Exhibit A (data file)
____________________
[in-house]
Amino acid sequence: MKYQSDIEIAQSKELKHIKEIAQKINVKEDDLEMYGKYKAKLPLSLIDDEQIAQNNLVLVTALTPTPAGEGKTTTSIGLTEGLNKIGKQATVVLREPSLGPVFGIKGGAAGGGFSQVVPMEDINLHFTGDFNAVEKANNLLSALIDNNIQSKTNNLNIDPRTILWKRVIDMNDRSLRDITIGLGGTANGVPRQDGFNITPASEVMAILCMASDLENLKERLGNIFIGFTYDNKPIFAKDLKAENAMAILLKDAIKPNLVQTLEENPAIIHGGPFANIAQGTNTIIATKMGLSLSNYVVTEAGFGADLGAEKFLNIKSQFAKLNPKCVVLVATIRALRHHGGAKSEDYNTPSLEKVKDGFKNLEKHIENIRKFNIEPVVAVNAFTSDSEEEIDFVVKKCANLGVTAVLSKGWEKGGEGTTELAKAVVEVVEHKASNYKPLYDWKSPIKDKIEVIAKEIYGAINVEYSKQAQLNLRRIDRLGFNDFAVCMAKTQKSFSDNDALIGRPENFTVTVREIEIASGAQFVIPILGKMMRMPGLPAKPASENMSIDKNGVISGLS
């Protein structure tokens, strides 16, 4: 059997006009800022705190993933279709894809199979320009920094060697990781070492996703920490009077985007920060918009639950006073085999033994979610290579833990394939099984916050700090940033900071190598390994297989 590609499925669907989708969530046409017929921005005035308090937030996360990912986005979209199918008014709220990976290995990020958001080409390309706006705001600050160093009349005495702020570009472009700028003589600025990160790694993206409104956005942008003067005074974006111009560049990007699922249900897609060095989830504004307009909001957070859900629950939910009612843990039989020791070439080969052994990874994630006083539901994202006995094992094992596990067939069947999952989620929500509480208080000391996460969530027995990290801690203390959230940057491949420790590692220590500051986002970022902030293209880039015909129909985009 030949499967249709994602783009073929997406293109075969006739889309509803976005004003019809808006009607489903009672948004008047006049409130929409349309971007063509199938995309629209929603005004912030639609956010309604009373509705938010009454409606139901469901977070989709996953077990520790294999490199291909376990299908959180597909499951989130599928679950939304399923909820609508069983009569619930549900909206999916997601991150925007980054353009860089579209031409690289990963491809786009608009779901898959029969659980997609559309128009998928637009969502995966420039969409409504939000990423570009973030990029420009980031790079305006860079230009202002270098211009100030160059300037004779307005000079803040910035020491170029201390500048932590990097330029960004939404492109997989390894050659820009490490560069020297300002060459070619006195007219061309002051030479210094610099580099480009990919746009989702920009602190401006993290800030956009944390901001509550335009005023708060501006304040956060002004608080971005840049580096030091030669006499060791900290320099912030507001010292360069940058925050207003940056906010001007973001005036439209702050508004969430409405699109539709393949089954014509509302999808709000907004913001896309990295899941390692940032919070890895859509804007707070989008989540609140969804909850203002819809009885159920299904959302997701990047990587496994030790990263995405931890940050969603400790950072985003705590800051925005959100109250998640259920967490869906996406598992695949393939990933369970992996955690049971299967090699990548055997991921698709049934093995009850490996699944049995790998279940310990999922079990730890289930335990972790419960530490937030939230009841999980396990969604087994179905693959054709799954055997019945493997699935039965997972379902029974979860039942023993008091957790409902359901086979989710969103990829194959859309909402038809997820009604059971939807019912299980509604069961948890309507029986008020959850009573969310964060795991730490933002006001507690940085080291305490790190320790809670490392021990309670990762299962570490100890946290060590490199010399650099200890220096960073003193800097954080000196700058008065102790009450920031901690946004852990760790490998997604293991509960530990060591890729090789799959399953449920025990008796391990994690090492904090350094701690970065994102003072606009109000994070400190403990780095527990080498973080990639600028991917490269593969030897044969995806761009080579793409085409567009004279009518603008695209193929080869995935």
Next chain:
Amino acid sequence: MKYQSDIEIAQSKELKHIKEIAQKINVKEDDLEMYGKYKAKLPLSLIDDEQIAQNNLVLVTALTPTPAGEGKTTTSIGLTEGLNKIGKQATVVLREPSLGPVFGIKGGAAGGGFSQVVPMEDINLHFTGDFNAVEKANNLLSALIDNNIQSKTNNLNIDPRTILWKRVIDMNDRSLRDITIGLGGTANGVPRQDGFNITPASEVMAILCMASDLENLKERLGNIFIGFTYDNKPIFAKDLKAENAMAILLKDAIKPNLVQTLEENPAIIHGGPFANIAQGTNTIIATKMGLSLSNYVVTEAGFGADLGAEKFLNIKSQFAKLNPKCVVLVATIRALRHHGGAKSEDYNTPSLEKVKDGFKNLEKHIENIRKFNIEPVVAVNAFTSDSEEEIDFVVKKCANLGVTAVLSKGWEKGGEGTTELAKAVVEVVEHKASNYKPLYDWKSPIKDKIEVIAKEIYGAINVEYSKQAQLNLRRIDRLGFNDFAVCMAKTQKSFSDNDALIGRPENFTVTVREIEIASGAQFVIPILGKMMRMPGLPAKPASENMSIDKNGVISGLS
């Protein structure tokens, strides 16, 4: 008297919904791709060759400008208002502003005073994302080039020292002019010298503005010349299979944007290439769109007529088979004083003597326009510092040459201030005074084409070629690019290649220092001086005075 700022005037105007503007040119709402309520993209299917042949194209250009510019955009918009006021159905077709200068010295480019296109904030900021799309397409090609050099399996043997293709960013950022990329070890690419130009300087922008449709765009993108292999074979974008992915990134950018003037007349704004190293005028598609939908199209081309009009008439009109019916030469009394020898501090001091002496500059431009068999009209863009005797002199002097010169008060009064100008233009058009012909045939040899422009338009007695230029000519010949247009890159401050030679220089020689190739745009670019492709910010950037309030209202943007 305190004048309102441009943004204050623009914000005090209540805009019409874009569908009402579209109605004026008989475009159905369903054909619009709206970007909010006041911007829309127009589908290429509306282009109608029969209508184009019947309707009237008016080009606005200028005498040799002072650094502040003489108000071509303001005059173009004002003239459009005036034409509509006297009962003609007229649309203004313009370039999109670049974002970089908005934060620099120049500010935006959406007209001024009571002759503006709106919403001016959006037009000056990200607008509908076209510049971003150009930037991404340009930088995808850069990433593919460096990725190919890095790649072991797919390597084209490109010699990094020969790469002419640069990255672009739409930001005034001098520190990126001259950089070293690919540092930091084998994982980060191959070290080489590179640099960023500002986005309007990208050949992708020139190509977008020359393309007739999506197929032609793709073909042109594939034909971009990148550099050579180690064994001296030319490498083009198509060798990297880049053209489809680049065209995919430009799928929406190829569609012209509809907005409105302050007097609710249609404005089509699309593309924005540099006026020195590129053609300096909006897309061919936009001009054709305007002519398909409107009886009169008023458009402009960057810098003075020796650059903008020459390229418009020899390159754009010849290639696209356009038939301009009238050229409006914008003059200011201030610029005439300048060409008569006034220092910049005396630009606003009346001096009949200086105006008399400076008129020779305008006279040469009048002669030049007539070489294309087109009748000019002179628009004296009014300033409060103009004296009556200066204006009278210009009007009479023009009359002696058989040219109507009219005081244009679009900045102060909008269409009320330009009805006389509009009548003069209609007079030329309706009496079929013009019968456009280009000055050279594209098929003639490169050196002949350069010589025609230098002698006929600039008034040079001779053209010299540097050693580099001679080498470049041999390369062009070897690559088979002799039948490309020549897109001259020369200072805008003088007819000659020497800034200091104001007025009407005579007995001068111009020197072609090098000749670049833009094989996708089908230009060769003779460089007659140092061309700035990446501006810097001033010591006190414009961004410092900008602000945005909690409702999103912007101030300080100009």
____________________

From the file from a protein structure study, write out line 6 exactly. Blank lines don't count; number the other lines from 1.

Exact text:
């Protein structure tokens, strides 16, 4: 008297919904791709060759400008208002502003005073994302080039020292002019010298503005010349299979944007290439769109007529088979004083003597326009510092040459201030005074084409070629690019290649220092001086005075 700022005037105007503007040119709402309520993209299917042949194209250009510019955009918009006021159905077709200068010295480019296109904030900021799309397409090609050099399996043997293709960013950022990329070890690419130009300087922008449709765009993108292999074979974008992915990134950018003037007349704004190293005028598609939908199209081309009009008439009109019916030469009394020898501090001091002496500059431009068999009209863009005797002199002097010169008060009064100008233009058009012909045939040899422009338009007695230029000519010949247009890159401050030679220089020689190739745009670019492709910010950037309030209202943007 305190004048309102441009943004204050623009914000005090209540805009019409874009569908009402579209109605004026008989475009159905369903054909619009709206970007909010006041911007829309127009589908290429509306282009109608029969209508184009019947309707009237008016080009606005200028005498040799002072650094502040003489108000071509303001005059173009004002003239459009005036034409509509006297009962003609007229649309203004313009370039999109670049974002970089908005934060620099120049500010935006959406007209001024009571002759503006709106919403001016959006037009000056990200607008509908076209510049971003150009930037991404340009930088995808850069990433593919460096990725190919890095790649072991797919390597084209490109010699990094020969790469002419640069990255672009739409930001005034001098520190990126001259950089070293690919540092930091084998994982980060191959070290080489590179640099960023500002986005309007990208050949992708020139190509977008020359393309007739999506197929032609793709073909042109594939034909971009990148550099050579180690064994001296030319490498083009198509060798990297880049053209489809680049065209995919430009799928929406190829569609012209509809907005409105302050007097609710249609404005089509699309593309924005540099006026020195590129053609300096909006897309061919936009001009054709305007002519398909409107009886009169008023458009402009960057810098003075020796650059903008020459390229418009020899390159754009010849290639696209356009038939301009009238050229409006914008003059200011201030610029005439300048060409008569006034220092910049005396630009606003009346001096009949200086105006008399400076008129020779305008006279040469009048002669030049007539070489294309087109009748000019002179628009004296009014300033409060103009004296009556200066204006009278210009009007009479023009009359002696058989040219109507009219005081244009679009900045102060909008269409009320330009009805006389509009009548003069209609007079030329309706009496079929013009019968456009280009000055050279594209098929003639490169050196002949350069010589025609230098002698006929600039008034040079001779053209010299540097050693580099001679080498470049041999390369062009070897690559088979002799039948490309020549897109001259020369200072805008003088007819000659020497800034200091104001007025009407005579007995001068111009020197072609090098000749670049833009094989996708089908230009060769003779460089007659140092061309700035990446501006810097001033010591006190414009961004410092900008602000945005909690409702999103912007101030300080100009």